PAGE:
Hammond Braces for Brexit Blow to U.K. Finances, Official Says

  • Top Treasury official says Osborne goals unlikely to be met
  • ‘Flexible framework’ needed to adjust to Brexit uncertainty

Brexit Negatives to Hit U.K. Economy, Global Growth

Chancellor of the Exchequer Philip Hammond is prepared for the U.K. government finances to take a hit from the Brexit vote, according to the top civil servant at the Treasury.

Testifying to lawmakers in London on Wednesday, Tom Scholar said the fiscal targets set by the previous chancellor, George Osborne, are now unlikely to be achieved. Osborne had pledged to deliver a budget surplus by the end of the decade and bring down government debt as a share of gross domestic product in each year of the current parliamentary term.

“It would not be sensible to take now the tightening measures that would be implied in order to get the fiscal position on the same path that was projected six months or 12 months ago,” Scholar told the House of Commons Treasury Committee in London.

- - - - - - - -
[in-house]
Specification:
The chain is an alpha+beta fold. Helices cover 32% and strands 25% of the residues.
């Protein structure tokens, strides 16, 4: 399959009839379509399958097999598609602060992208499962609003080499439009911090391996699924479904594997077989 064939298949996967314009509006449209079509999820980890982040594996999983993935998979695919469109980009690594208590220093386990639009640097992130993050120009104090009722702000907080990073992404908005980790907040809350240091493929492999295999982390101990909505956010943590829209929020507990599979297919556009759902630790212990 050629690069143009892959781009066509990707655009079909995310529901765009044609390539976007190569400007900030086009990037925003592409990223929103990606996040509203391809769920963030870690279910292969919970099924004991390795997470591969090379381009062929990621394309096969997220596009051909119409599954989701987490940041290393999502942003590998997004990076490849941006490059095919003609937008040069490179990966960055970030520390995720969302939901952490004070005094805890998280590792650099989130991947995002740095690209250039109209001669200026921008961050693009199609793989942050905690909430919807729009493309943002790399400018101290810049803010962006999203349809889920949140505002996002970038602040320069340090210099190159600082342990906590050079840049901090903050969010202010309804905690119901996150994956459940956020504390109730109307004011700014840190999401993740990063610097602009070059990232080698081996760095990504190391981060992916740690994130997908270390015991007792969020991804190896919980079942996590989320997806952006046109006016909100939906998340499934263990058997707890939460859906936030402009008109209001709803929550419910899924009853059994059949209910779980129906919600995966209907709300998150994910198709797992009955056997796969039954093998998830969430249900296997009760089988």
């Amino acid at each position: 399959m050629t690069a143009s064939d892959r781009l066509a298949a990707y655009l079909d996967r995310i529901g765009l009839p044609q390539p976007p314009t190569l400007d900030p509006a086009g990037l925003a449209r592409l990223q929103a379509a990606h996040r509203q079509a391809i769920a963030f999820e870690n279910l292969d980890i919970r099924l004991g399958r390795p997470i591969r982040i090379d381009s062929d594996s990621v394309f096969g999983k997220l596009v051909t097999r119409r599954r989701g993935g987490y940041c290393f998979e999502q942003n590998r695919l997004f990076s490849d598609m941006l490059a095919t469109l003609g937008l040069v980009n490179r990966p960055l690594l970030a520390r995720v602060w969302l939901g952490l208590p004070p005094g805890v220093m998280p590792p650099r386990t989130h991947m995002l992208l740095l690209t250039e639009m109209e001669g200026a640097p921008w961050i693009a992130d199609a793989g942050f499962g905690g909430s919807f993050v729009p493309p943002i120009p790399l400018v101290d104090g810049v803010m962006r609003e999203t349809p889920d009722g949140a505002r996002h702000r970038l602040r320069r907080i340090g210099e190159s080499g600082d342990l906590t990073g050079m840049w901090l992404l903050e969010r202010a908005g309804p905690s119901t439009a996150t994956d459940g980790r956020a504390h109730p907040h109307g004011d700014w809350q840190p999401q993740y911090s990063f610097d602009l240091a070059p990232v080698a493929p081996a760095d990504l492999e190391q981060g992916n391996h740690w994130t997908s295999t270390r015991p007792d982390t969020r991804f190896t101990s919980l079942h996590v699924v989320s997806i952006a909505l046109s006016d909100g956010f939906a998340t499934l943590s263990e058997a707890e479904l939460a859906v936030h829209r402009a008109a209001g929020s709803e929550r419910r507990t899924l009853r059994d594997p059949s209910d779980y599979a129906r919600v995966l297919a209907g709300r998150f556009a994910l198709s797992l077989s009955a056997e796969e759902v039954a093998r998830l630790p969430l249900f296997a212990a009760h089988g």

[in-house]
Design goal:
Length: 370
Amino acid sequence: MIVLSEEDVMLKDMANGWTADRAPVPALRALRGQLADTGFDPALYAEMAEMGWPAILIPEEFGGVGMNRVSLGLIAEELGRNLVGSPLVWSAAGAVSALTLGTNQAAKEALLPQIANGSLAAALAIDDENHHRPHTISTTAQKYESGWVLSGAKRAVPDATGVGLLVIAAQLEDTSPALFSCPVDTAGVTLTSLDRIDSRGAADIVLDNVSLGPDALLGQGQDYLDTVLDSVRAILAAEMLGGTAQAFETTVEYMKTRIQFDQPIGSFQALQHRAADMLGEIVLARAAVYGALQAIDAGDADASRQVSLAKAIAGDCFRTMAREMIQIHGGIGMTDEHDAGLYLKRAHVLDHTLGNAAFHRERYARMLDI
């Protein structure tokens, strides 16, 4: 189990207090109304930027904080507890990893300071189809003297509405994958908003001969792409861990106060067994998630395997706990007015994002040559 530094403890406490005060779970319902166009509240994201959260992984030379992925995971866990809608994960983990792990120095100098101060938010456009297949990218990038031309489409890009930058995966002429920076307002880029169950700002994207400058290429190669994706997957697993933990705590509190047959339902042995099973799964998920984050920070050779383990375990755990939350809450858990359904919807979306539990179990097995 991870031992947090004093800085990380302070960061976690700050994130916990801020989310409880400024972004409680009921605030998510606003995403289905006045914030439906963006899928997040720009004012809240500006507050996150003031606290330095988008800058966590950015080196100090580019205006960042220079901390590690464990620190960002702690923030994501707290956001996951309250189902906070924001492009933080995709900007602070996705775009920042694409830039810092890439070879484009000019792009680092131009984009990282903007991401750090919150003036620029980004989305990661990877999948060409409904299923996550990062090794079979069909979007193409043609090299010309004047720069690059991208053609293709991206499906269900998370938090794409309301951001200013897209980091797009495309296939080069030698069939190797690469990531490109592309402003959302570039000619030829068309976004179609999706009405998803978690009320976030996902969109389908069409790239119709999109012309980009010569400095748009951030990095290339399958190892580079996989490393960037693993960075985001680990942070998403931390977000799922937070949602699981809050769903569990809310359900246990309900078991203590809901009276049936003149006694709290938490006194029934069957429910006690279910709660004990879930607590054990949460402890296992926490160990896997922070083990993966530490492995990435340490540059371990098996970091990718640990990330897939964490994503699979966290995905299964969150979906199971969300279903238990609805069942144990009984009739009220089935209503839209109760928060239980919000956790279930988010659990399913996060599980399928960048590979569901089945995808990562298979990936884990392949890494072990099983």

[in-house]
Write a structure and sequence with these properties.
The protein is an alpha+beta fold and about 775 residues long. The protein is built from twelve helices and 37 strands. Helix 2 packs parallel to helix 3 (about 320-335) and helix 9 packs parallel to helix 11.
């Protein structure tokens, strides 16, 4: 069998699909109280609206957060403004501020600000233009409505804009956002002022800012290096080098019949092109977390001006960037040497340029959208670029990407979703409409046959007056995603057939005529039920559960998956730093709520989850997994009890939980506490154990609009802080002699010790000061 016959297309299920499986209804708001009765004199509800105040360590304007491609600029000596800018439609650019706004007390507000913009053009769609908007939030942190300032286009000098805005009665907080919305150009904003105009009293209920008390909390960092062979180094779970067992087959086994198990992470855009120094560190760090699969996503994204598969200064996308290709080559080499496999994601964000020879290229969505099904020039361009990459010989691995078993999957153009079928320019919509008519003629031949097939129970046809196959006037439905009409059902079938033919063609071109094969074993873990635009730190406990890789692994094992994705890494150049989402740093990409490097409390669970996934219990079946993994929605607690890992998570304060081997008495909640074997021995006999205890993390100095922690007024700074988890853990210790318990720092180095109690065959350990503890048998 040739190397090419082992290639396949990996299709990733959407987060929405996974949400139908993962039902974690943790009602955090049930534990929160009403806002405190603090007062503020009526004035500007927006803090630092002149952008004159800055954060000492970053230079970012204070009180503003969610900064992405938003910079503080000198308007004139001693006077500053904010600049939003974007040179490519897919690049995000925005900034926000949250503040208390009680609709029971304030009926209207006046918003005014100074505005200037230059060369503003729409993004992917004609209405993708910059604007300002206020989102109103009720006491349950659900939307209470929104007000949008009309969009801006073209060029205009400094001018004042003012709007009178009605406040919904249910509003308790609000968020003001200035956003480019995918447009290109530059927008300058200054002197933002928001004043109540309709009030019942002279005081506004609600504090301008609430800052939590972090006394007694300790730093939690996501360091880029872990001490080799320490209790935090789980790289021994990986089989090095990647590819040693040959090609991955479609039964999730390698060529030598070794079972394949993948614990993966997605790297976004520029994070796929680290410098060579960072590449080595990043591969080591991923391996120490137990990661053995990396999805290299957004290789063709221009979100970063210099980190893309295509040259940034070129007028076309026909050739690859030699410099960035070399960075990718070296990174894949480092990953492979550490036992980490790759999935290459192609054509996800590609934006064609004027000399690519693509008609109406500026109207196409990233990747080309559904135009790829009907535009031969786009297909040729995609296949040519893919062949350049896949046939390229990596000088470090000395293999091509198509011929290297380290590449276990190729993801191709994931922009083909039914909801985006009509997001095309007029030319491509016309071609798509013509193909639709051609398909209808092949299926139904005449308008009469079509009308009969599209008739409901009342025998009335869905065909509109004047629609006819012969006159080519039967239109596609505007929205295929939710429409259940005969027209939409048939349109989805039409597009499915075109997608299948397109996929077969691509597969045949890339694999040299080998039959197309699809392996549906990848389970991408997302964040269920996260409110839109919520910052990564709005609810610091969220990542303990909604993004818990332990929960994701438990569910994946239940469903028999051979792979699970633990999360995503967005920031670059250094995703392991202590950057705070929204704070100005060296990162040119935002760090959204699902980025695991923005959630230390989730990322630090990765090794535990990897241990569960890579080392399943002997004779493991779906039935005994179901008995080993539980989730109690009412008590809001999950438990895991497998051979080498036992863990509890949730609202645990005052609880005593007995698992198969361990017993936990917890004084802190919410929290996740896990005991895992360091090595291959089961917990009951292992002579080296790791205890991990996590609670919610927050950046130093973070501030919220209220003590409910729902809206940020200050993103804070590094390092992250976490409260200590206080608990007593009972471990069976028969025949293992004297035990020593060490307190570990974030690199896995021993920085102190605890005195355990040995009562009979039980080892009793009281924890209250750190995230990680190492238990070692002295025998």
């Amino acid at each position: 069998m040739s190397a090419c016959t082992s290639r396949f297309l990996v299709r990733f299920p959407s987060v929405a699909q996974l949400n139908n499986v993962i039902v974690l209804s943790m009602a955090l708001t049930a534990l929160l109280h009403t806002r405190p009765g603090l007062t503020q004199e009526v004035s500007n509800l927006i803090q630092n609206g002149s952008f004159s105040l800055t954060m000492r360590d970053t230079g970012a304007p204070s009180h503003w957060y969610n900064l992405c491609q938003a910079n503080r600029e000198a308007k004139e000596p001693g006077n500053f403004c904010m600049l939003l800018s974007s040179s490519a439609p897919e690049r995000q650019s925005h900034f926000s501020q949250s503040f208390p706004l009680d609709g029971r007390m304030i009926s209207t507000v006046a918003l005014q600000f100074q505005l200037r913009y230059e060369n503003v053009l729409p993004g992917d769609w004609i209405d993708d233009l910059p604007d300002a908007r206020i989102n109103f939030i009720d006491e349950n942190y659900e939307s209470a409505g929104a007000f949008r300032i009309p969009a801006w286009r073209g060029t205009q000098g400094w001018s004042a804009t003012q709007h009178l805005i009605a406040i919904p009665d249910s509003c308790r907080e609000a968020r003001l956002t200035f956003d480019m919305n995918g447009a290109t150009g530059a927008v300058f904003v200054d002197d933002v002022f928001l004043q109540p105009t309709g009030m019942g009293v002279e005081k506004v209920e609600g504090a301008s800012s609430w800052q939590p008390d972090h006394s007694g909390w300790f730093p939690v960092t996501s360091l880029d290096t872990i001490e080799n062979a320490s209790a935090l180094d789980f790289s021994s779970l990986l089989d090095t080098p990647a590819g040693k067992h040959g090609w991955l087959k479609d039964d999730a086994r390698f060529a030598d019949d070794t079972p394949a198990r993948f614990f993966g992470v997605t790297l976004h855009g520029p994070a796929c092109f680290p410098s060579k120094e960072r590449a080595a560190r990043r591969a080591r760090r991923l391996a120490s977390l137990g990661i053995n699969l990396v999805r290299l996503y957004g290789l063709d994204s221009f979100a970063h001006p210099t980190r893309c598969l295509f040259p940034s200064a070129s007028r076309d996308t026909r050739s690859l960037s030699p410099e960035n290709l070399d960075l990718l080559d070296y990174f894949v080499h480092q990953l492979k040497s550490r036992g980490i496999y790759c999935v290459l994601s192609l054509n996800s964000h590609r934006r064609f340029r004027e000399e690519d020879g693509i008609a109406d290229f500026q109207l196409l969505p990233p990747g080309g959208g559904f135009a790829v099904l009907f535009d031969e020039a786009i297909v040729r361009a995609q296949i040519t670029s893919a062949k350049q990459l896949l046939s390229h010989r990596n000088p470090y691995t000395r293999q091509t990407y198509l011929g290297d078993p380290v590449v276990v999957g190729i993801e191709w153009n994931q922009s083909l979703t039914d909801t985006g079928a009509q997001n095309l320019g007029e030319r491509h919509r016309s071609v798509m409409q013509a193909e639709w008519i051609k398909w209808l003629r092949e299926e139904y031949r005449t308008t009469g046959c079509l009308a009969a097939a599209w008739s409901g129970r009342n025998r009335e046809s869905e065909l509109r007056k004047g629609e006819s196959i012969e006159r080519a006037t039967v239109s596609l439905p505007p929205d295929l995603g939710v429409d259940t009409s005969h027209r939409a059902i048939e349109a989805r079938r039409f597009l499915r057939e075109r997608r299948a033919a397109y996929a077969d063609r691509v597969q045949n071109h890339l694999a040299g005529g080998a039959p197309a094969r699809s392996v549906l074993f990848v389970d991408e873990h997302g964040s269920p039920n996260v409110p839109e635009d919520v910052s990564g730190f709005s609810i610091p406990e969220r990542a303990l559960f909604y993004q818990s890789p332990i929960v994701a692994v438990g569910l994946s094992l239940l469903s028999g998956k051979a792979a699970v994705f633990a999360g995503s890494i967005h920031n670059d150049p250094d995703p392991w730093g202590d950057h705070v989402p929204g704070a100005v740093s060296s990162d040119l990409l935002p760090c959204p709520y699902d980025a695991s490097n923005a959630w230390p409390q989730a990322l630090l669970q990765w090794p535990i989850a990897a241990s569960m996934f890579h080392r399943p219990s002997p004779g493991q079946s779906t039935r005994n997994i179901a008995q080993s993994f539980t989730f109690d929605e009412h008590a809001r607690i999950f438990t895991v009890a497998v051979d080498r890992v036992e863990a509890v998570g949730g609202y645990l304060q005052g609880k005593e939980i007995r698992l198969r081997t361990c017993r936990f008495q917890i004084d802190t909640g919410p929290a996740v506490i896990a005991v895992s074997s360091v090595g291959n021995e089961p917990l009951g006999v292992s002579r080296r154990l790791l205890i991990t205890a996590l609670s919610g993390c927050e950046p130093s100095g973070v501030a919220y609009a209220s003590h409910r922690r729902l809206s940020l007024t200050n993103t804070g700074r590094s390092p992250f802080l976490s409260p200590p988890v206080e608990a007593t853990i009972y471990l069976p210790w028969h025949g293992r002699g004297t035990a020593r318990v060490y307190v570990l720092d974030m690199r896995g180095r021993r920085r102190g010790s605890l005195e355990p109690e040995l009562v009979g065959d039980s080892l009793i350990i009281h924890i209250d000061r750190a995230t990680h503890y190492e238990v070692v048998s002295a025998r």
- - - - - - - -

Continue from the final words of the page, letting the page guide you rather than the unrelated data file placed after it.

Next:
Hammond will set out his plans in his Autumn Statement on Nov. 23 and has hinted at a modest boost to infrastructure spending to aid an economy widely forecast to slow to less than 1 percent growth next year. He’s confirmed the government is no longer seeking to erase the deficit by 2020.

“We will need to set a framework to give us the flexibility to respond to all the circumstances we face,” Scholar said. Debt, he added, would come down “over time.”

He stressed that no decisions had been taken, with the Office for Budget Responsibility in the process of preparing new forecasts following the June decision to leave the European Union.

Scholar said he expected the Brexit deal Prime Minister Theresa May eventually decides to seek will be different from any of the scenarios set out by the Treasury in April, when it warned of a severe hit to the public finances if membership of the single market was lost. It would be for ministers to decide whether to update the analysis, he said.

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